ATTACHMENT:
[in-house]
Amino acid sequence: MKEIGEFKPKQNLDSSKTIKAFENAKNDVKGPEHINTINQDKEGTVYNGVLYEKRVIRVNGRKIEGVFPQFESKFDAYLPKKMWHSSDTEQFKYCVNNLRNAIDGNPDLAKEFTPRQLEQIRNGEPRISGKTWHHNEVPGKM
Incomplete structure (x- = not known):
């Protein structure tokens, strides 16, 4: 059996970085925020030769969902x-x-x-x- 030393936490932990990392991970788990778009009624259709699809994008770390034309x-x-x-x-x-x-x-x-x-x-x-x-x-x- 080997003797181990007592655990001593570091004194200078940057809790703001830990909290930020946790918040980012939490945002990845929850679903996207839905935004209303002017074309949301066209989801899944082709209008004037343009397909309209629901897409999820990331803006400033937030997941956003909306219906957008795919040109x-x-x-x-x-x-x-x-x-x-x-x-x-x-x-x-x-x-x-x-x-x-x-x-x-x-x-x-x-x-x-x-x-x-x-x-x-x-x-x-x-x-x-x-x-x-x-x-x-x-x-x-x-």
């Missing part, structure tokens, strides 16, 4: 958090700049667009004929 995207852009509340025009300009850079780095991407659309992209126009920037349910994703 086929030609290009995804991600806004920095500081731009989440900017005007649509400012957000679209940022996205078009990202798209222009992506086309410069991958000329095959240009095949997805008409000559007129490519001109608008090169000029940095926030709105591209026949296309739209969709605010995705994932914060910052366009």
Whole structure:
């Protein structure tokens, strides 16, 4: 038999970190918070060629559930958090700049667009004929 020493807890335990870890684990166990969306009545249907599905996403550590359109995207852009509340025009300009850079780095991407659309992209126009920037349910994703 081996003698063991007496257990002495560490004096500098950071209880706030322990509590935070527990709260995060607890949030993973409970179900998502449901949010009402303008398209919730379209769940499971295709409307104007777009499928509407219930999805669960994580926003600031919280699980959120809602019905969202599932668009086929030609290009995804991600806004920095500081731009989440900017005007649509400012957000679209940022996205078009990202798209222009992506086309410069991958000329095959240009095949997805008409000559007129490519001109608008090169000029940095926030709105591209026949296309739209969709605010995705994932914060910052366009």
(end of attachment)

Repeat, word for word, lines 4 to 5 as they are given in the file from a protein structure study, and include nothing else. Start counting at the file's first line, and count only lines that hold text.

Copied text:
């Protein structure tokens, strides 16, 4: 059996970085925020030769969902x-x-x-x- 030393936490932990990392991970788990778009009624259709699809994008770390034309x-x-x-x-x-x-x-x-x-x-x-x-x-x- 080997003797181990007592655990001593570091004194200078940057809790703001830990909290930020946790918040980012939490945002990845929850679903996207839905935004209303002017074309949301066209989801899944082709209008004037343009397909309209629901897409999820990331803006400033937030997941956003909306219906957008795919040109x-x-x-x-x-x-x-x-x-x-x-x-x-x-x-x-x-x-x-x-x-x-x-x-x-x-x-x-x-x-x-x-x-x-x-x-x-x-x-x-x-x-x-x-x-x-x-x-x-x-x-x-x-």
């Missing part, structure tokens, strides 16, 4: 958090700049667009004929 995207852009509340025009300009850079780095991407659309992209126009920037349910994703 086929030609290009995804991600806004920095500081731009989440900017005007649509400012957000679209940022996205078009990202798209222009992506086309410069991958000329095959240009095949997805008409000559007129490519001109608008090169000029940095926030709105591209026949296309739209969709605010995705994932914060910052366009």